If you want to, I can name off why it’s so similar to Zelda, and get that out of the way. Here, this is me spewing for a hot minute here, actual interested patrons feel free to skip this.

You start off with three hearts. The evil wizard is identical to Agahnim. They use an energy based meter for stuff like bombs and arrows. Bombs and arrows. Heart pieces. A spin attack. Majora Mask style platform jumping. Teleportation. Puzzle solved jingles. There’s a village whose music starts off as Zelda’s lullaby. Traveling salesman who wants to sell you a heart container for 100 rupees. Themed dungeons with featured mini-boss, dungeon chests with usable weaponry or tools, and a final baddie that drops a heart container when you defeat it. Monsters that look like zoras, octoroks, bubbles (the skull guys), and angry crows. So much freaking more.

I’m not saying the above listed is bad, not at freaking all. In fact, the moment I began moving Lily around, I felt like I had another sequel to Link to the Past in my hands, and everything felt naturally right. Everything is pixelated smoothly and with outstanding detail. The monster AI is jarringly sporadic as I learned that each enemy reacts to you differently. The mid bosses and boss fights that I have knocked out, however, have been a mixed bag of emotions. Sometimes it felt perfect and that when I lost, it was because I was being an idiot and not reading the flow of the fight correctly. Other times it felt like the item I was using, most notably the bomb, was not responding to how I needed it to act, and I was constantly trying to scramble to throw one versus dropping it right next to me in a boss arena.

A lot of my time was spent in dungeons, and while the first one was mostly training and forgiving, the second one took the training wheels right off and kicked me off a cliff. Merciless dungeon exploration with a ruthless checkpoint system awaited me when I died. Many a times I had to do almost 5-10 minutes of going from the very beginning of a dungeon to a point of progress, only to die and have to repeat the trogging. Granted, the puzzles didn’t need to be redone and the only thing that respawned was enemies, but having to hack and slash through half a dozen rooms because one area was too hard was very discouraging.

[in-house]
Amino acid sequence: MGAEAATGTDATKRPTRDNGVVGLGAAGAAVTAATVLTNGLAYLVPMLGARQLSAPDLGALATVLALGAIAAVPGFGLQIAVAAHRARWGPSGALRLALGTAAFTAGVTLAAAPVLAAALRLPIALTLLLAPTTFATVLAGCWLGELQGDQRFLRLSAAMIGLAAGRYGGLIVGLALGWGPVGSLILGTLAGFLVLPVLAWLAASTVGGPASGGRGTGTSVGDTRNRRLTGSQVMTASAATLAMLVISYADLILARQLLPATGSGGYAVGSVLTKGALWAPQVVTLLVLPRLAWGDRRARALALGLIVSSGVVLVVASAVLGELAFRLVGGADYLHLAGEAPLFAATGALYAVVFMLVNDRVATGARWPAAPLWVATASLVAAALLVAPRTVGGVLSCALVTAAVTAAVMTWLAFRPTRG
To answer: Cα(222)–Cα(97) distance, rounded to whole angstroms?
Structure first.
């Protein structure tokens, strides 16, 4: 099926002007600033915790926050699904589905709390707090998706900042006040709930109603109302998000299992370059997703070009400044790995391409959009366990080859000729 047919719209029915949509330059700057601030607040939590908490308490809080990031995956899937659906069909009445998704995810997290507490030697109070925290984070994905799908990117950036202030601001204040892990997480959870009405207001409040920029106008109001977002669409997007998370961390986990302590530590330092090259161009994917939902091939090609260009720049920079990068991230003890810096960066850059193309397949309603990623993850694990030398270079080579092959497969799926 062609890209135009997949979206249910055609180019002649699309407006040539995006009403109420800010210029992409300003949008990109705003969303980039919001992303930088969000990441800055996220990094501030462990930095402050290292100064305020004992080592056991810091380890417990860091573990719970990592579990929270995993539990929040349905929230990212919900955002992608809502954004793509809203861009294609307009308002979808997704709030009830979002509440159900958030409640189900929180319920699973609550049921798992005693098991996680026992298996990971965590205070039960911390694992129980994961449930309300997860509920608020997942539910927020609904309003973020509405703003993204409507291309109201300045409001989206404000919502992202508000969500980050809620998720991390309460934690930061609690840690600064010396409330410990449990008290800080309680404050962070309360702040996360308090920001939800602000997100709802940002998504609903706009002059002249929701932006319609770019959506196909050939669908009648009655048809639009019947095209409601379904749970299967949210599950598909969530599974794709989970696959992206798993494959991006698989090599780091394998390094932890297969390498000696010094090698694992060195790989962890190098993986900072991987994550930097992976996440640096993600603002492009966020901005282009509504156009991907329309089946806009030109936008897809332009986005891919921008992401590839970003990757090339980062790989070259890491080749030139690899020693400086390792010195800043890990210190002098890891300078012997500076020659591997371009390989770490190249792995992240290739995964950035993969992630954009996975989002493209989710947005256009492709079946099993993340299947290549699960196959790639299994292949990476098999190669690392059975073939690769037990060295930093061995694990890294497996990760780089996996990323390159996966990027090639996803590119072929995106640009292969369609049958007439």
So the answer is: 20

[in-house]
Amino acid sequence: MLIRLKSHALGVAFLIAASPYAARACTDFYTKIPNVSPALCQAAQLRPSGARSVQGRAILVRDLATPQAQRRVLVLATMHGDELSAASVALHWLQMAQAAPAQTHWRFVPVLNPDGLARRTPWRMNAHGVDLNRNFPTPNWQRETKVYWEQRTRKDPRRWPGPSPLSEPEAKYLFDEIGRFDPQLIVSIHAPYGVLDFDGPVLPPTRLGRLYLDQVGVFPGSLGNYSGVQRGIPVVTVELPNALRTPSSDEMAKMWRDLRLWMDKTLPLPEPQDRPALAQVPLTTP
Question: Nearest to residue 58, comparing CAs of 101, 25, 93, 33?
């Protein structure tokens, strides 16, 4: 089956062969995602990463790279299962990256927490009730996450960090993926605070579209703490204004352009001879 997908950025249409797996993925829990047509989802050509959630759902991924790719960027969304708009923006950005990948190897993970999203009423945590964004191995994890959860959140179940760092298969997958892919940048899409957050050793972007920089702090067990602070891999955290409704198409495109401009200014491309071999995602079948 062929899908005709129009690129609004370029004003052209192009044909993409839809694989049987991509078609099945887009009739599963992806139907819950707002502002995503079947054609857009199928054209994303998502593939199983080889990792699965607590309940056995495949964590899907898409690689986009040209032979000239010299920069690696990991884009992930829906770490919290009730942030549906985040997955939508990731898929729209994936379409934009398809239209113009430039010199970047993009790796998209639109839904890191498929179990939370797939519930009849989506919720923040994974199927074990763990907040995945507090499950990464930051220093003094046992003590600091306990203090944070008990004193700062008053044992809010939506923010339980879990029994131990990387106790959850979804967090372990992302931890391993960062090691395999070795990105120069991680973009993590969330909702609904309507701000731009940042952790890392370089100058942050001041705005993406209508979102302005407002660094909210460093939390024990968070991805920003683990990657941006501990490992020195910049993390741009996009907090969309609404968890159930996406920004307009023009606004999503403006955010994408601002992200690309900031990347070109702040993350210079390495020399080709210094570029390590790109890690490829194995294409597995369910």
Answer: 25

The music is innovative and inspiring, especially during combat sequences. I swear it was the pounding beat of the boss themes that had me more into the game than the actual fight itself. Power brick, 8 bit music never sounded so good. Here, take a listen!

Overall, I’m told it’s about an 8-hour game that is $14.99 on the eShop. It’s also out on Steam as mentioned but I cannot guarantee the same exact experience. I wholeheartedly enjoy this game, and never felt so giddy to have a chance to review a game until I tried this title. It might not be the perfect Zelda game those hardcore fans are hunting for, but what we did get was instead a better find; a unique, action-filled adventure about Lily trying to save the world of Blossom, and that’s more than enough for a diehard like me. Two thumbs up, Castle Pixel!